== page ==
To knead before or after, that is the question


I've been experimenting adding other ingredients to my sourdoughs, making a few fruit breads, cheese breads, bread sticks etc and haven't come to the conclusion either way as yet.

Thus my question here

When adding dry ingredients like cheese, herbs, nuts or fruit do you add the ingredients as a part of the dry mixture or do you add them after you've finished the kneading process and have given the gluten a good workout?

Either way causes issues for me at times

add with dry mix and the kneading is difficult to get to a windowpane effect, the kneading is nowhere near as free flowing

add after and it's easy to have misjudged your wet ingredients or is sometimes hard to embed the ingredients into the dough.

So, what do you do?

I'll sign off with a pic from last weekend's "almost white" sourdough success




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farinam's picture
farinam 2013 January 25

Hi Darren,

With nuts and seeds , I have used both methods.  Adding from the start means that they are unformly mixed but dough development can be a bit trickier to judge but if you work to what you normally would in terms of energy input and or time it seems to work out OK.  Adding after development, I have often used my mixer even if only to keep things from escaping and I have use the following method as well.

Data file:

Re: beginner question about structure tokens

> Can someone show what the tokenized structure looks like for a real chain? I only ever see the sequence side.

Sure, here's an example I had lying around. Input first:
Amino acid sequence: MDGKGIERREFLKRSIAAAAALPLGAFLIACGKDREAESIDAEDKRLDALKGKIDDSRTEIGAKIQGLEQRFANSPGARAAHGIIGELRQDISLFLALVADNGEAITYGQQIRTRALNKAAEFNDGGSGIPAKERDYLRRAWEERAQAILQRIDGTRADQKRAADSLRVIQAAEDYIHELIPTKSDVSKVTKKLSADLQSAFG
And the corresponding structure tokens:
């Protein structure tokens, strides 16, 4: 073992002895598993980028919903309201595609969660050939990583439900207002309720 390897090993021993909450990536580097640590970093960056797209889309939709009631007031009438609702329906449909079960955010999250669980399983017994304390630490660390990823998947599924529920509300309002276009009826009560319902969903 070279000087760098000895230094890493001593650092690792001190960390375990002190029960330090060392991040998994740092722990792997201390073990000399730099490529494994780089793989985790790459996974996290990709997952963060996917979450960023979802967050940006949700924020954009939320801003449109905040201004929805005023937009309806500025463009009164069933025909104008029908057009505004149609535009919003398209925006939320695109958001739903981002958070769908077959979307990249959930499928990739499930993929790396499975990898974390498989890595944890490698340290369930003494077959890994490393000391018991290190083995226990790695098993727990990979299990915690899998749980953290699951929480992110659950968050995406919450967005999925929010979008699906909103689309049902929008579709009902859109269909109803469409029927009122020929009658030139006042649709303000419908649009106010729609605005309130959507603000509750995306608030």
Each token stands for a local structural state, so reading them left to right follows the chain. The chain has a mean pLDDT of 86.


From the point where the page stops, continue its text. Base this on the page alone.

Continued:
If there are dried fruit involved, adding at the start can result in the fruit being mulched rather than being reasonably entire.  Using the mixer after development is OK but you need to be careful not to over-do it. 

To do it by hand, I use a series of 'letter-folds'.  Stretch the dough into a rectangle and spread one third of your additives along the middle third in the long direction and fold one third over.  Spread another third on the doubled section and fold the single over that and pinch closed all round.  Then put half the remainder in the middle and fold one third over, then the remainder and fold the last third back over that and pinch closed.  Then let it rest, stretchit out to a rectangle again and repeat the foldings.  If the dough layers break and stuff escapes, just gather it up and stuff it in somewhere and continue.  This seems to give a pretty evenly distributed result in the final loaf/buns and doesn't mess up the fruit or the structure of the dough.  Really, it just forms part of the normal stretch and fold technique.

Good luck with your projects.


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